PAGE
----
While things went from bad in 2006 to near-historically bad in 2007 for the Dolphins, history may remember the season of struggles as the jolt the franchise needed to begin its journey back to respectability.
After coach Nick Saban's ignominious retreat to the college ranks following the 2006 season, the Dolphins quickly found renewed hope in Cam Cameron. His reputation promised a consistent run-based offense that would finally support the defense's ability to keep games within reach, and the Dolphins appeared to have sufficient personnel at the skill positions to make Cameron's system work. Lost in the optimism, however, was the fact that all of these pieces would play behind a patchwork offensive line comprised of rookies and mediocre veterans.
Hope vanished quickly as the Dolphins accumulated losses, exposing glaring deficiencies in the run-blocking of the offensive line and a weak pass rush. Injuries also took their toll. Veteran acquisition Trent Green (concussion), Ronnie Brown (torn ACL) and Zach Thomas (concussion) were all lost for the season in October, and Chris Chambers' trade to San Diego before Week 7 seemed to signal an admission of defeat. Cameron, in turn, sealed his fate by losing the trust of his players through poor decision-making and his stubborn refusal to admit rebuilding by playing second-rounder John Beck.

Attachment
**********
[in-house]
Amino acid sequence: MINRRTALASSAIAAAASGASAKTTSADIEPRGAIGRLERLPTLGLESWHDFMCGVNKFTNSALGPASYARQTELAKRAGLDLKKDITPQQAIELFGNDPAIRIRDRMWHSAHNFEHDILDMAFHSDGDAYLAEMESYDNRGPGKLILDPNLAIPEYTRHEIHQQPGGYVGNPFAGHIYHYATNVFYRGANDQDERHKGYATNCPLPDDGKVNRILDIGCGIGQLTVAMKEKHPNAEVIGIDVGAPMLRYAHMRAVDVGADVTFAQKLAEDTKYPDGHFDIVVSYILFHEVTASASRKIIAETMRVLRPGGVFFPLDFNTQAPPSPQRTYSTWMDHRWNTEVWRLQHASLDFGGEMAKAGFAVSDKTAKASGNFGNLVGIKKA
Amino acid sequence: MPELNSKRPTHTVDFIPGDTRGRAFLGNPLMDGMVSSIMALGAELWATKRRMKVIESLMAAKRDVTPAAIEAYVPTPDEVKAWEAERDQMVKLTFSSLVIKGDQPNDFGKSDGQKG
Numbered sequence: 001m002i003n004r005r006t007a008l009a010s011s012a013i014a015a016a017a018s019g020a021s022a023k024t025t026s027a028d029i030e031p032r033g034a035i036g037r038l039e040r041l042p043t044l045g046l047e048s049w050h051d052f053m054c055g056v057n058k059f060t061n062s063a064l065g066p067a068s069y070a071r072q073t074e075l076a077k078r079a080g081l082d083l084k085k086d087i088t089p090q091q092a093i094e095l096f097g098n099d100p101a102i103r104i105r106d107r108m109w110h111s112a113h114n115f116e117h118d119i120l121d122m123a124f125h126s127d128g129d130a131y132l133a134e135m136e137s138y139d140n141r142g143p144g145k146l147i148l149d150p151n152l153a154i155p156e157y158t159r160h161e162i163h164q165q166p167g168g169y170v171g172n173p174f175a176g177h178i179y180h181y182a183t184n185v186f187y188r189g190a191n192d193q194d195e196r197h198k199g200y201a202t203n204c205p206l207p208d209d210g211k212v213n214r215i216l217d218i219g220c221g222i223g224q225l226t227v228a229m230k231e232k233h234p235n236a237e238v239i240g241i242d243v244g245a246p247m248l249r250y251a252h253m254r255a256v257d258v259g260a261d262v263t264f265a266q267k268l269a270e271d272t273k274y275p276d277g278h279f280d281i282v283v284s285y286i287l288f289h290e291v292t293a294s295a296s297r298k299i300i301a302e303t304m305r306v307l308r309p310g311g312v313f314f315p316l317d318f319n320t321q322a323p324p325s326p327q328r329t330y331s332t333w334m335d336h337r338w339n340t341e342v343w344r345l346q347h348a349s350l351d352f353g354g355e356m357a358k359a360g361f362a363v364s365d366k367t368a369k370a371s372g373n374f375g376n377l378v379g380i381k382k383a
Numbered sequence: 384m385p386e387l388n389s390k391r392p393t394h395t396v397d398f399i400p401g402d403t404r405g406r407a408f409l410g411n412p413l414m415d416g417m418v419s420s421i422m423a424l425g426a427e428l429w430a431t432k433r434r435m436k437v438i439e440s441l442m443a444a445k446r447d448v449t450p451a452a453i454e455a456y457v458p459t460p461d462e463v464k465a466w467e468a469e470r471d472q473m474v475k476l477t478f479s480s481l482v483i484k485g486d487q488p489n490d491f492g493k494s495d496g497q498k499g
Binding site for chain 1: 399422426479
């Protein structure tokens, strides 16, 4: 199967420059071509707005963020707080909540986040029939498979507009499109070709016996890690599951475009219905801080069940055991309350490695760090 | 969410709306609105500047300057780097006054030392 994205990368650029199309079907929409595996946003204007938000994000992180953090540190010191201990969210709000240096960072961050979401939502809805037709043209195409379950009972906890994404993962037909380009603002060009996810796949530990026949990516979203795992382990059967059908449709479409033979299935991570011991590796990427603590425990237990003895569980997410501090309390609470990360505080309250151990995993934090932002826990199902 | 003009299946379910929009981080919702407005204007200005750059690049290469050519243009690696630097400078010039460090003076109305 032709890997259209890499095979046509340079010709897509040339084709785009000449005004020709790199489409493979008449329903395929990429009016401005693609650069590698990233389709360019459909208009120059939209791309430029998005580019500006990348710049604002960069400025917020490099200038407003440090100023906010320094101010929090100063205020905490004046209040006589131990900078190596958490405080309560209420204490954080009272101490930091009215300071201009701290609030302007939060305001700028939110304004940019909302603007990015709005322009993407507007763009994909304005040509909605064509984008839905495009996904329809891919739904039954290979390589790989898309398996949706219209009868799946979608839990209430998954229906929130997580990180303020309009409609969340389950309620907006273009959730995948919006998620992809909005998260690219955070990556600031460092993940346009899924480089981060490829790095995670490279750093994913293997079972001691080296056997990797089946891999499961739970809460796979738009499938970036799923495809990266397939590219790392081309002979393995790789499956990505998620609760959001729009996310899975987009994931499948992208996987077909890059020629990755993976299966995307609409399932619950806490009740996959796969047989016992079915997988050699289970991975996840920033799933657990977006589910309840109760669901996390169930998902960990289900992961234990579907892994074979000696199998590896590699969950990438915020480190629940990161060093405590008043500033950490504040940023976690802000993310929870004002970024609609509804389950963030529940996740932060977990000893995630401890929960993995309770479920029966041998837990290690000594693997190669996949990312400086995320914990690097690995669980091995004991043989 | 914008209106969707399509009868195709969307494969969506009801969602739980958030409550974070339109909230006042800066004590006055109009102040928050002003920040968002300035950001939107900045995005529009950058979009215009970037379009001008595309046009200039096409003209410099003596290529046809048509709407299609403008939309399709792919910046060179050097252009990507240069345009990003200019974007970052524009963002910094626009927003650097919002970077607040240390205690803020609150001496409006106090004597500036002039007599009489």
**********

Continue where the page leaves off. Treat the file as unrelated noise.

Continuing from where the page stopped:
Owner Wayne Huizenga, however, was more than willing to admit the need to retool and, six years removed from a playoff berth and a late-season overtime victory over the Ravens away from going winless, hired the man synonymous with reversing the fortunes of struggling NFL franchises: Bill Parcells. At season's end, the new Vice President of Football Operations promptly fired Cameron and GM Randy Mueller, replacing them with trusted colleagues from his time in Dallas, coach Tony Sparano and GM Jeff Ireland.
As Parcells-led teams always do, the 2008 Dolphins have begun to center their rebuilding efforts around defense and getting bigger along the lines on both sides of the ball through the draft and the acquisition of players familiar to Parcells. After the unceremonious release of the smallish Thomas in February provided the symbolic first step in this direction, many of Miami's offseason acquisitions and six of nine draft choices were offensive or defensive linemen. The remaining picks were skill players, and the Dolphins will spend 2008 evaluating the remnants from the Saban and Cameron eras at those positions, especially quarterback and running back. Ronnie Brown and Ricky Williams, particularly, will have ample opportunity to prove themselves in the run-based offense under Parcells' former Jets coordinator, Dan Henning. Defensively, coordinator Paul Pasqualoni leads a 3-4 that should better utilize Jason Taylor (if he isn't traded) and Joey Porter's pass-rushing abilities.